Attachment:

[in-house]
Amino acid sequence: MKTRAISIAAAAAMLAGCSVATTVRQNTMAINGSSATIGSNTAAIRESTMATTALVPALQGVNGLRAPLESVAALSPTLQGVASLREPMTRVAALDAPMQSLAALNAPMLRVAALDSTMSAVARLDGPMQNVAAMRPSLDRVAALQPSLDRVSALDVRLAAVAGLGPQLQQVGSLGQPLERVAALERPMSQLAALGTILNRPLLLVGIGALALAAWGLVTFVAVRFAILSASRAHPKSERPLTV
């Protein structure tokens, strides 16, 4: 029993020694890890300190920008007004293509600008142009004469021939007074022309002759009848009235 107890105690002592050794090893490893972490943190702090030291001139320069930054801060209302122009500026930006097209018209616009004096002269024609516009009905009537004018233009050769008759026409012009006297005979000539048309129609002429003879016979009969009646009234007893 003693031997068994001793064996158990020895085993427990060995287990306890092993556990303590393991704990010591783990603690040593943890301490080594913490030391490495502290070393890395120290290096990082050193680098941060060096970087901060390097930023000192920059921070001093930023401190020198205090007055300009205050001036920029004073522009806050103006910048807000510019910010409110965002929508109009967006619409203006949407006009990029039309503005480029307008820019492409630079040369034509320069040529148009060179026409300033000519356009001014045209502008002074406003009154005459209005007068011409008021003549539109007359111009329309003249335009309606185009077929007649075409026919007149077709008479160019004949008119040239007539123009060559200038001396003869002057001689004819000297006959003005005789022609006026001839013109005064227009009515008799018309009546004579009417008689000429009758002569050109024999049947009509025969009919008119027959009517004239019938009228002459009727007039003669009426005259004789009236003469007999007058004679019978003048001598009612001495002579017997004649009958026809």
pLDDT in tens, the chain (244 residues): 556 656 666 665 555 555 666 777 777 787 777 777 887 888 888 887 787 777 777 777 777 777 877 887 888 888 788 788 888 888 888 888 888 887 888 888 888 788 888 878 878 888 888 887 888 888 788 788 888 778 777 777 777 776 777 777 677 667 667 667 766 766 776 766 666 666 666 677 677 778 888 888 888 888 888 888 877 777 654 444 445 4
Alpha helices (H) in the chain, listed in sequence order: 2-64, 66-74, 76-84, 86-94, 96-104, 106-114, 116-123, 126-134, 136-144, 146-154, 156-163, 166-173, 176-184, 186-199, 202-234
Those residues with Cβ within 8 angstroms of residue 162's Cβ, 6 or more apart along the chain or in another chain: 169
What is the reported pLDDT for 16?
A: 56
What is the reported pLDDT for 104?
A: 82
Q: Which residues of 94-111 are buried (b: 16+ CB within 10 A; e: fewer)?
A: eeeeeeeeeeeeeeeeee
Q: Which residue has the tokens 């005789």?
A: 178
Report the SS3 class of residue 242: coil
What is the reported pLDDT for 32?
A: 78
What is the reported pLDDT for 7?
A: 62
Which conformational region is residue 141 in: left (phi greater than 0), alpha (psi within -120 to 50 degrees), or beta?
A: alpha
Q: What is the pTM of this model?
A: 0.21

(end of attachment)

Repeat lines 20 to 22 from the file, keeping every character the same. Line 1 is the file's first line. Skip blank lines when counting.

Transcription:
Which conformational region is residue 141 in: left (phi greater than 0), alpha (psi within -120 to 50 degrees), or beta?
A: alpha
Q: What is the pTM of this model?